Blanket ban on pavement parking to be considered

PUBLISHED: 11:40 16 March 2020 | UPDATED: 11:40 16 March 2020

Parking on pavements could be banned. Picture: Neil Didsbury

Parking on pavements could be banned. Picture: Neil Didsbury


A potential ban on parking on pavements could make it easier for pedestrians to get past cars obstructing them on Norwich’s Victorian streets.

But a city councillor has warned the government must back up any such move with money - to solve problems such a ban might bring.

The government is due to consult on proposals over a possible ban this summer.

The consultation will include options such as allowing councils with civil parking enforcement powers to crack down on unnecessary obstruction of the pavement. Outside London, only police have that power.

It will also consider how a nationwide ban on pavement parking enforced by councils might work, allowing for exceptions or designated spots for pavement parking where needed.

A consultation over parking on pavements is to be held this summer. Picture: Antony KellyA consultation over parking on pavements is to be held this summer. Picture: Antony Kelly

Transport secretary Grant Shapps said: 'Vehicles parked on the pavement can cause very real difficulties for many pedestrians. That's why I am taking action to make pavements safer and I will be launching a consultation to find a long-term solution for this complex issue.'

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Denise Carlo, Green Party city councillor, whose Nelson ward takes in a number of terraced streets in the Golden Triangle, said: 'Parking on pavements causes major safety problems for pedestrians, especially if they are parents with pushchairs and people with disabilities, as it can force people into the highway.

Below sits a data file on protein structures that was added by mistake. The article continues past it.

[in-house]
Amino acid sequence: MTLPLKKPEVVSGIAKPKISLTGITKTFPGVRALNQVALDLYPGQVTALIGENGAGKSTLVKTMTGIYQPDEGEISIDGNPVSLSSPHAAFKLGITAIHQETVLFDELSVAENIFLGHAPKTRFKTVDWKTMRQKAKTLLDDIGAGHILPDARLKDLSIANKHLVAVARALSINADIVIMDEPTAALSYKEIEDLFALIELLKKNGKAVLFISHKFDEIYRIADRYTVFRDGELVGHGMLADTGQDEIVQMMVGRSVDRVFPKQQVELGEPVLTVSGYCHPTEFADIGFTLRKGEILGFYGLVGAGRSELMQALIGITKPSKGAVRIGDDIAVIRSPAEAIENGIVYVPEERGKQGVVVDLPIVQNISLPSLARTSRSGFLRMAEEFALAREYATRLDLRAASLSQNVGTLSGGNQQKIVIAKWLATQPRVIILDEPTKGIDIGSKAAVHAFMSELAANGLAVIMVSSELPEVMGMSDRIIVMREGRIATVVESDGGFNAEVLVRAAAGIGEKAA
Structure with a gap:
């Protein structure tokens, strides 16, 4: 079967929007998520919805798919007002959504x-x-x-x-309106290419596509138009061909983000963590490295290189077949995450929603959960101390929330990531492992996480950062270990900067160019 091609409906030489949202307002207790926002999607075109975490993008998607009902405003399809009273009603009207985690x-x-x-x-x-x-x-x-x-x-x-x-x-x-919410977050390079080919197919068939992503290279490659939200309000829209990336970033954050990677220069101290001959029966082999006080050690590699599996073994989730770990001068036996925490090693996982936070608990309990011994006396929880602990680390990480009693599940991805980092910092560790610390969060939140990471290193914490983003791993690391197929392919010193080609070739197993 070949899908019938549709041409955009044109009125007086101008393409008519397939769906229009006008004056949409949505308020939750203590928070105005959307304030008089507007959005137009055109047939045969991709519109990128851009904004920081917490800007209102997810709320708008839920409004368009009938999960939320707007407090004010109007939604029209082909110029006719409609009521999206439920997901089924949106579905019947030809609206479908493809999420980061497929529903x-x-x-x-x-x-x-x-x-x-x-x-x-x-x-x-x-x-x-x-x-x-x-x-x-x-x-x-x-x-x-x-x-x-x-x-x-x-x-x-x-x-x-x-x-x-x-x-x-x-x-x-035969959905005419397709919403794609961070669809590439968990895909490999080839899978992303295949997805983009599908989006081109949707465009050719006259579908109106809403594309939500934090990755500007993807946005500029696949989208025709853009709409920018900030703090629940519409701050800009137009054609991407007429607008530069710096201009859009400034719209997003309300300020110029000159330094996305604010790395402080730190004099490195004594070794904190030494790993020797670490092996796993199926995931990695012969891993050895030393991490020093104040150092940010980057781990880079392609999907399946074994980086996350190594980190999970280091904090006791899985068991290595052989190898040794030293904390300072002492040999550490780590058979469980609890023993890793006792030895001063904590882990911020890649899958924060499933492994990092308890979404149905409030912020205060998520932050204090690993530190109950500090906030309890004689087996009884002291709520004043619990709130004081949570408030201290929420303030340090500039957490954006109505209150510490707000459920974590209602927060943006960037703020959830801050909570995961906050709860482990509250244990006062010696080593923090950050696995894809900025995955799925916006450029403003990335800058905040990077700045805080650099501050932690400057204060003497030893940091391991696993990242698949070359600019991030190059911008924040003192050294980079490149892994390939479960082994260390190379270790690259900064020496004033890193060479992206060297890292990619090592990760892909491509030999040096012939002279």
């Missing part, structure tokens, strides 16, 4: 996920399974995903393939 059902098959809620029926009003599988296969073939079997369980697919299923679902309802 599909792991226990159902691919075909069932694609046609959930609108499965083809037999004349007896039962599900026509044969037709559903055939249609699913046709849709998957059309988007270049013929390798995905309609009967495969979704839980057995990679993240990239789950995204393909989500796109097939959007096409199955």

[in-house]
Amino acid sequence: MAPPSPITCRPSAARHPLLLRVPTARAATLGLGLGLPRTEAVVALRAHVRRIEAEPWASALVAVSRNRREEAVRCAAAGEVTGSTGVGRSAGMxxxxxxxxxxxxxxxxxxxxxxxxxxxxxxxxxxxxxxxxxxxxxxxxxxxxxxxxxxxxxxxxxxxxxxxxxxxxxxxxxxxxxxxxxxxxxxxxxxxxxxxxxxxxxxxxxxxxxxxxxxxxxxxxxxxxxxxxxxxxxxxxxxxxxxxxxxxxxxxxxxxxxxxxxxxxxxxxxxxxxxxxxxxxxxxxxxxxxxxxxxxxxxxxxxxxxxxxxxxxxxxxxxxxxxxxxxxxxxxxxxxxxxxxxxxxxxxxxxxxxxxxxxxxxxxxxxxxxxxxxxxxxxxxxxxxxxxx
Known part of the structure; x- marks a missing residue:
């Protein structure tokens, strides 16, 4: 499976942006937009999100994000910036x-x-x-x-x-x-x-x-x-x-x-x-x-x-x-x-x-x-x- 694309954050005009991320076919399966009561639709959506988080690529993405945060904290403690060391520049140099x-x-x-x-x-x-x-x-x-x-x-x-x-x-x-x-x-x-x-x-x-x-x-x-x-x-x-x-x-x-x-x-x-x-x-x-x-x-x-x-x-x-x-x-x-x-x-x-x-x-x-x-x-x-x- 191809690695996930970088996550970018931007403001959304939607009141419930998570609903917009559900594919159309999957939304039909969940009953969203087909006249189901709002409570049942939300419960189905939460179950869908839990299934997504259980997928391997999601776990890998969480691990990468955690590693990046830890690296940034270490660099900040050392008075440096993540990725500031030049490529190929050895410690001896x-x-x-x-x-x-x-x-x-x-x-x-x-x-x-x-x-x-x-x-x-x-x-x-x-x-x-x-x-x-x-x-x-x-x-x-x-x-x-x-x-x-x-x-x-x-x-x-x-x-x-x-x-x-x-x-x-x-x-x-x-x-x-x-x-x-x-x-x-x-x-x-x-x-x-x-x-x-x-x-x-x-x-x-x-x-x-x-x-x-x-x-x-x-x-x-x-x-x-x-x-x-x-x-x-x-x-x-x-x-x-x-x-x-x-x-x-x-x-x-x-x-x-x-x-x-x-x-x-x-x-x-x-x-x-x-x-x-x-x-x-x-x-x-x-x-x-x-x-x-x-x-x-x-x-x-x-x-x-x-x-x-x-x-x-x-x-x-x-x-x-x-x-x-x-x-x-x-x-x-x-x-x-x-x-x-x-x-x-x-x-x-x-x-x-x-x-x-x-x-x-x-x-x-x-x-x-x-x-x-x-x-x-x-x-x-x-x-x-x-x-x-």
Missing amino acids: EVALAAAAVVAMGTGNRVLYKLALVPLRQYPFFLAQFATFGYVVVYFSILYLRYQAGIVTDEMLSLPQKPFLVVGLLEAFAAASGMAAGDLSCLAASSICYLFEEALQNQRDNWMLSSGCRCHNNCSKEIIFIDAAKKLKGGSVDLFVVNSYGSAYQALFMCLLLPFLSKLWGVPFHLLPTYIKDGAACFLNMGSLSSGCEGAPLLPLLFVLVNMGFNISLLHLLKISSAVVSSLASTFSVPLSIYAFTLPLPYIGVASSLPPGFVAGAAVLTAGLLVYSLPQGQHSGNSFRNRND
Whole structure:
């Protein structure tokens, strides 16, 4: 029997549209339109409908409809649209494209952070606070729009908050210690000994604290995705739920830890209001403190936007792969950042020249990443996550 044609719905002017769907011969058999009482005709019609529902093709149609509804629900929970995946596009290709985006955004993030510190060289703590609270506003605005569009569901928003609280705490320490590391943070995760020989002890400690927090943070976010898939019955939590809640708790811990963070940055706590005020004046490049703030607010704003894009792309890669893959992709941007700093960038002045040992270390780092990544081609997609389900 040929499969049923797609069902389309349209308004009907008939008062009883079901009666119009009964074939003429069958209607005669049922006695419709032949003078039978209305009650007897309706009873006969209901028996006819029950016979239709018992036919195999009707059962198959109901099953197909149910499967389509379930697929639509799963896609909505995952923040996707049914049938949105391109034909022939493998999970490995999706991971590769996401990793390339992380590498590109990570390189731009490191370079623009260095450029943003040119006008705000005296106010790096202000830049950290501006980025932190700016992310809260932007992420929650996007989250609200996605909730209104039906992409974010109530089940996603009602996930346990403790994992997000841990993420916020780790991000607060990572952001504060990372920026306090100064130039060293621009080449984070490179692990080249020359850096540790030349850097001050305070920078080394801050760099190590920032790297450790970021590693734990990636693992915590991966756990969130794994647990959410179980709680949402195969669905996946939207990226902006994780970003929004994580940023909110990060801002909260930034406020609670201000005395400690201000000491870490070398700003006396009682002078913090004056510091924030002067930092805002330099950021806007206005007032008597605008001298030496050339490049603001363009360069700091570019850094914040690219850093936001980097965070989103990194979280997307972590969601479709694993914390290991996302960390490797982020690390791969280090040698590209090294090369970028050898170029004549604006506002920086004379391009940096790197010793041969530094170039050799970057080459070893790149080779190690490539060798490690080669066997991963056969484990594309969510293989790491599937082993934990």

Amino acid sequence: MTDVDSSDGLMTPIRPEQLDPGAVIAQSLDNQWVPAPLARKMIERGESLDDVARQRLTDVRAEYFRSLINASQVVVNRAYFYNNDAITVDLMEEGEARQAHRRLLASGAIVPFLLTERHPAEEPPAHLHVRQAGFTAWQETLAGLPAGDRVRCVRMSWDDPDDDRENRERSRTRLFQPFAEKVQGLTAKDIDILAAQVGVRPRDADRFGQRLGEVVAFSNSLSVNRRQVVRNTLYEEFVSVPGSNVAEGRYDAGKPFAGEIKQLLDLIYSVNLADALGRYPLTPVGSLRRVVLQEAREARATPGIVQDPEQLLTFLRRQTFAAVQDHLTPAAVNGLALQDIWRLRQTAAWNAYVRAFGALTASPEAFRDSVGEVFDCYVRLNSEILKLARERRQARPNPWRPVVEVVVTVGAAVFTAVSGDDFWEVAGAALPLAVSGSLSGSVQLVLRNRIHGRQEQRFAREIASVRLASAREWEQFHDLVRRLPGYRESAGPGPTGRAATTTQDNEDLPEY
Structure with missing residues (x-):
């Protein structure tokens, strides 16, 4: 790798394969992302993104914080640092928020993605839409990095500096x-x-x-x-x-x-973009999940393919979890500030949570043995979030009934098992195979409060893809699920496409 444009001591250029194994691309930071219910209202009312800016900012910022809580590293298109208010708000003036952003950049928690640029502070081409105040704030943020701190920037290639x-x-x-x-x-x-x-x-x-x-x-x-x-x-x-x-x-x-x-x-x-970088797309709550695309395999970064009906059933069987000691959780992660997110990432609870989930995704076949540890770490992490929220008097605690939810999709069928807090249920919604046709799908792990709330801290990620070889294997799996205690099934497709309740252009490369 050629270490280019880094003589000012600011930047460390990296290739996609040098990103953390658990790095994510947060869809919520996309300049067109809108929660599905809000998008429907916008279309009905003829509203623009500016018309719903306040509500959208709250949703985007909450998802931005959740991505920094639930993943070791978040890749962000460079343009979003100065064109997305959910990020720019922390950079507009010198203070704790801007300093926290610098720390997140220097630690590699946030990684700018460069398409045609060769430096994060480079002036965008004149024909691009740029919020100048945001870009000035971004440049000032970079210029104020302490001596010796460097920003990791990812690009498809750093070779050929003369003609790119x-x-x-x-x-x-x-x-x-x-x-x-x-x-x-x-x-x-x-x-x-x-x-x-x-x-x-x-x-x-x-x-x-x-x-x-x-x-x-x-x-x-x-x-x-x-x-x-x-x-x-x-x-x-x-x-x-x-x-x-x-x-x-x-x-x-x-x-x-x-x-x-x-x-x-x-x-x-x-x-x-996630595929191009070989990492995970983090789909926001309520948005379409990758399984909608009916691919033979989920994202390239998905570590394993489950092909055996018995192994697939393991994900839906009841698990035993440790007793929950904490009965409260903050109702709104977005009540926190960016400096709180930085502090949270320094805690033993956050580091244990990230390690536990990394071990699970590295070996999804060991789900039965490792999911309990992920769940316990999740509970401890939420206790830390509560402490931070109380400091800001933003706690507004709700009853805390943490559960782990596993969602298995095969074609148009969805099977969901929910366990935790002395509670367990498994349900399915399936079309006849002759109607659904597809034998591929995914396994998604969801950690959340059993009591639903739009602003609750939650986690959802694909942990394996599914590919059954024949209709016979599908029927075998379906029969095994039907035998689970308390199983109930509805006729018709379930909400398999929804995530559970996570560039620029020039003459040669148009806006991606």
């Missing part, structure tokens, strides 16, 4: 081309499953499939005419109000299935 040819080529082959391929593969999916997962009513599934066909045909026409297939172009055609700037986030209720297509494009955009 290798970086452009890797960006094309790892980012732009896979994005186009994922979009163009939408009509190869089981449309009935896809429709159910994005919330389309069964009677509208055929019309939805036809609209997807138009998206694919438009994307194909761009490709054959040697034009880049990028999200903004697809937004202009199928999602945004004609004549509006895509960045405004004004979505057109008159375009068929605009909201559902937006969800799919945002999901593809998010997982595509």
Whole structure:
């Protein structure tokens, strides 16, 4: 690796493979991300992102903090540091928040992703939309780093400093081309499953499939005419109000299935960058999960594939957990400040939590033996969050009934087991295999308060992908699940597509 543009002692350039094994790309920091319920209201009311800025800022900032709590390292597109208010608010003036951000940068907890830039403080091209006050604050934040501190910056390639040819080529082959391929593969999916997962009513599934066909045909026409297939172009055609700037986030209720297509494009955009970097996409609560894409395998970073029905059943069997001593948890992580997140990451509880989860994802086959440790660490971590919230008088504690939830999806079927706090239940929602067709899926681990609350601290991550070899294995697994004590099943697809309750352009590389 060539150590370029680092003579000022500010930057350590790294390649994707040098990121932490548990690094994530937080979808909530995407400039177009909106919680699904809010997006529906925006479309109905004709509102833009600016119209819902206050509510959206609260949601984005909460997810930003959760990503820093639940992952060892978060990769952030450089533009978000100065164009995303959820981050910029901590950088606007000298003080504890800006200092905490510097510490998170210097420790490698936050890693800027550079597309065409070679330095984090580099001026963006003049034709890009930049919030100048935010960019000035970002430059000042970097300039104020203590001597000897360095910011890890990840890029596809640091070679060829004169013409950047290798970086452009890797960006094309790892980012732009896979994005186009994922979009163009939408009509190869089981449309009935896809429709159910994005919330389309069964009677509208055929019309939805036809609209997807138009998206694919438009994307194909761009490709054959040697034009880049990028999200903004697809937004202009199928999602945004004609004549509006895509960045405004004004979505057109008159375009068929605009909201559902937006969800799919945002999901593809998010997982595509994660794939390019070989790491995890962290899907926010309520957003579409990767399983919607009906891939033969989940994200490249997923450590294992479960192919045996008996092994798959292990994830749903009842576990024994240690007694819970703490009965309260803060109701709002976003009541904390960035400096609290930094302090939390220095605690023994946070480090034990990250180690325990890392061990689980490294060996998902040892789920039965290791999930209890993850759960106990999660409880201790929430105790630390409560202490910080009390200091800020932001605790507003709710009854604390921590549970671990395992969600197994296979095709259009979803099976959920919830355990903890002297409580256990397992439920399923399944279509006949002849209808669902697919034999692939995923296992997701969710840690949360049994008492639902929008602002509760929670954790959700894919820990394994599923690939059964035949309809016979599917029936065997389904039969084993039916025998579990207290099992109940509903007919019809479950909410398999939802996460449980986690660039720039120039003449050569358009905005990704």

'It is a large bone of contention in Victorian terrace areas which were not designed for cars.

Norwich City Council Green councillor Denise Carlo. Picture: Neil DidsburyNorwich City Council Green councillor Denise Carlo. Picture: Neil Didsbury

'However, the government must put money into solving the problem because a ban would have to be accompanied by extra measures where pavements and roads are very narrow.

'In some cases, restricting vehicles to parking on one side of the street in order to free up the footpath on the other side may be all that is required, but achieving this would cost money.

'In streets where space is restricted, more imaginative solutions would be necessary for redesigning the street layout.'

Nicholas Lyes, RAC head of roads policy, approved of the plans to punish selfish parkers but pointed out 'outlawing pavement parking as a whole is more complex because not all streets in the UK are the same.

'Therefore better guidance and a definition of what is and isn't appropriate would be a more practical solution, rather than an outright ban.'

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